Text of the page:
Pruning continues as growers set up their vineyards for the coming season and fingers are firmy crossed as the daffs are already showing their blooms.
We’ve had a lot of rain recently and this has made it difficult to get out and about in the vineyards without the fear of damaging soils.
As we walk around the plateau of Vouvray we’re seeing a lot of standing water between the rows where soils have not been well maintained. Deep channels, eroded over time, full of stagnent water. This doesn’t mean there won’t be grapes this year for them, on the contrary, there will. It’s sad to see so many growers sit back and let their land deteriorate to such a degree.
On the positive side, we haven’t seen too much evidence of Round Up being used this year (or maybe this is to come).
Even our winemaker friend Philippe Chigard who has a business working the best vineyards using his carthorses says he is 15 days behind with his work. Normally horses can work the land when tractors can’t but this year, even his beautiful horses can’t get in between the rows at the moment.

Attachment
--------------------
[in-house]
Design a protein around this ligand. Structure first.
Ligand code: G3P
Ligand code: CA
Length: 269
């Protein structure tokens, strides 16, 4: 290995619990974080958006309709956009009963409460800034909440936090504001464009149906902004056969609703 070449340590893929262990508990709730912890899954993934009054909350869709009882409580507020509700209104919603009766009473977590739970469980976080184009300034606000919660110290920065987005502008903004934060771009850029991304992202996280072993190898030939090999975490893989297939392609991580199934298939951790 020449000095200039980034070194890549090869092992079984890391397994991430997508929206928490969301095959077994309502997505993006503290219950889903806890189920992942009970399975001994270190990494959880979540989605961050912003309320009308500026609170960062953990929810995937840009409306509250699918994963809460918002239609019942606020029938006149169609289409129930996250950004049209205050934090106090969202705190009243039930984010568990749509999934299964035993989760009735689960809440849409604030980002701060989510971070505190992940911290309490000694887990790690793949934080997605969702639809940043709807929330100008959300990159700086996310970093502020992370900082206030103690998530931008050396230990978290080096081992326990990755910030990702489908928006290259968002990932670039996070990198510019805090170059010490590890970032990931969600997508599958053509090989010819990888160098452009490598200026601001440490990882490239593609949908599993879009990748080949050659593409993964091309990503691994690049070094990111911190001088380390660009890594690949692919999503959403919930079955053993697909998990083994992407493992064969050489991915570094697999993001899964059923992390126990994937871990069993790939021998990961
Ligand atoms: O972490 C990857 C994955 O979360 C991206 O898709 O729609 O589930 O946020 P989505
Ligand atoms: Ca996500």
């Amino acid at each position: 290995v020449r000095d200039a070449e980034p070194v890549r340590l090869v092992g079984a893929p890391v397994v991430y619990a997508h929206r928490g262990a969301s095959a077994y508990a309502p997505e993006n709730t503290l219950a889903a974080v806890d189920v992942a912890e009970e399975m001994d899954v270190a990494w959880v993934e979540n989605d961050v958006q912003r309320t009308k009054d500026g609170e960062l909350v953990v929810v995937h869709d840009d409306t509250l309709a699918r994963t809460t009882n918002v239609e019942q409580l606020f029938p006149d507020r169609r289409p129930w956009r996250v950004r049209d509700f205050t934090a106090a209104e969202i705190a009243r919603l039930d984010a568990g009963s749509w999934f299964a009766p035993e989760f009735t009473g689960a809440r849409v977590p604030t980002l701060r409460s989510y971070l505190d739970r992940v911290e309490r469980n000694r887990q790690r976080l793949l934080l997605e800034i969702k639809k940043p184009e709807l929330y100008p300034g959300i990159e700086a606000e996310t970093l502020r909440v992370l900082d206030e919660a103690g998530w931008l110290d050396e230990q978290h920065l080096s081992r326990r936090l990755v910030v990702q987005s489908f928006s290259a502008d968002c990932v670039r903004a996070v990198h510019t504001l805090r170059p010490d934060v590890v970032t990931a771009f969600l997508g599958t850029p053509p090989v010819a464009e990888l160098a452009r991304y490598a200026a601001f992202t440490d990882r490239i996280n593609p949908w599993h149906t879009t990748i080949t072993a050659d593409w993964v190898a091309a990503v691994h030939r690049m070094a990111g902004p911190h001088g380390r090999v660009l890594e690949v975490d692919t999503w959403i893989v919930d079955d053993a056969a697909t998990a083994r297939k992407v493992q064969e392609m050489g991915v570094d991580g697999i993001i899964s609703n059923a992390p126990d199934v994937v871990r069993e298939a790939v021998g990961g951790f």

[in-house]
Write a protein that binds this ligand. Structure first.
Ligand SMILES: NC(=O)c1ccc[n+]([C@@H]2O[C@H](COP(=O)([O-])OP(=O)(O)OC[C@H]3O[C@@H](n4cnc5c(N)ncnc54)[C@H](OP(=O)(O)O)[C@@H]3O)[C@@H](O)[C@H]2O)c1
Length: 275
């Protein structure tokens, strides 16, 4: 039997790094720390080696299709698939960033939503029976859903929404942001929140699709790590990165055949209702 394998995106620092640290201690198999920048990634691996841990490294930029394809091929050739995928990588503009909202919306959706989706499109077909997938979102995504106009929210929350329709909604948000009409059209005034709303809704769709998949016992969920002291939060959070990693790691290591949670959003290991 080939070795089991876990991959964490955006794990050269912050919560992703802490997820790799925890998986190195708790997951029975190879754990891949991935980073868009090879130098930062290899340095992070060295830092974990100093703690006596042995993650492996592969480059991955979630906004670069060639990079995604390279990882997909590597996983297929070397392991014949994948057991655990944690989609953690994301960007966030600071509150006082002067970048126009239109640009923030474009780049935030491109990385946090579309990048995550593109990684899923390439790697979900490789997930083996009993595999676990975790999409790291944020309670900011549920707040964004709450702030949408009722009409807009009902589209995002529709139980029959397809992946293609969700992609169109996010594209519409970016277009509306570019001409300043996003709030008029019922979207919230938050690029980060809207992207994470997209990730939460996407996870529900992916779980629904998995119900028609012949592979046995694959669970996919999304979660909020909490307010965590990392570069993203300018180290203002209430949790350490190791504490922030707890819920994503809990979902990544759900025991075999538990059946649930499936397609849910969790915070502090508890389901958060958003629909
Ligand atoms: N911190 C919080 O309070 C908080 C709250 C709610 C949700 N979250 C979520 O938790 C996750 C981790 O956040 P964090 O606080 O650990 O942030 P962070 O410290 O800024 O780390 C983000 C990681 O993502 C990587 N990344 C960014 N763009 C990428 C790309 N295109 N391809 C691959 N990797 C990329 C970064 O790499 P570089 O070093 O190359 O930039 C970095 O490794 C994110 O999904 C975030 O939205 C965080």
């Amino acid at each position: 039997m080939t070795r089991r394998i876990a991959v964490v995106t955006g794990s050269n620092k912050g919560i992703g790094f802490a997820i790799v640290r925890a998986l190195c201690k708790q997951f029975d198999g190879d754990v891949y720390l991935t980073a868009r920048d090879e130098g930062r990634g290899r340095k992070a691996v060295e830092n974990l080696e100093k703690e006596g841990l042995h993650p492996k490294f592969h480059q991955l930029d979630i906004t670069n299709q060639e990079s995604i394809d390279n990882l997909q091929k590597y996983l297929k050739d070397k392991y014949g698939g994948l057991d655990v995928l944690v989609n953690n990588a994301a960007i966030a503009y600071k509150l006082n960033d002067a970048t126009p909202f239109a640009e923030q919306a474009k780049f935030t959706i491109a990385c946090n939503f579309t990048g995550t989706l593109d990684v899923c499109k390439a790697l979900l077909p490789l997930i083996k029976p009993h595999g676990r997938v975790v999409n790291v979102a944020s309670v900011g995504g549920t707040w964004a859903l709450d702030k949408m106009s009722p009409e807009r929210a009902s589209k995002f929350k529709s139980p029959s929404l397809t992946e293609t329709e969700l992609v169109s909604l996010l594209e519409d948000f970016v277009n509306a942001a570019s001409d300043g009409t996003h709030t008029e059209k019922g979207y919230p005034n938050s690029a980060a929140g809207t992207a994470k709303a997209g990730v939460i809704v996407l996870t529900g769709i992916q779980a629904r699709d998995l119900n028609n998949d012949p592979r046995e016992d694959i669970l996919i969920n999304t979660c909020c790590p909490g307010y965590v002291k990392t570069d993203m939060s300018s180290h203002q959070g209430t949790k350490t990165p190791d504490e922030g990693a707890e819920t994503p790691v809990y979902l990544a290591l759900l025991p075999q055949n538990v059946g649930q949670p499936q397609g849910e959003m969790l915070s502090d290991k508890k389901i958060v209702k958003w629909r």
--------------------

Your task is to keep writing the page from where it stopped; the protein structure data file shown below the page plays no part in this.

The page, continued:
Out of the vineyards growers have been attending the many tastings and salons that take place in February each year both in France but also further afield in the UK and US. The 2019’s that we’ve tasted so far are very encouraging with nicely balanced acidities (higher than in 2018) and rich ripe fruit. on the reds. Alcohols are looking quite high on some of the reds as growers had to wait longer than normal to achieve phenolic maturity.
The Cabernet Franc was particularly trixy last season around here but for those who waited, the results are very encouraging.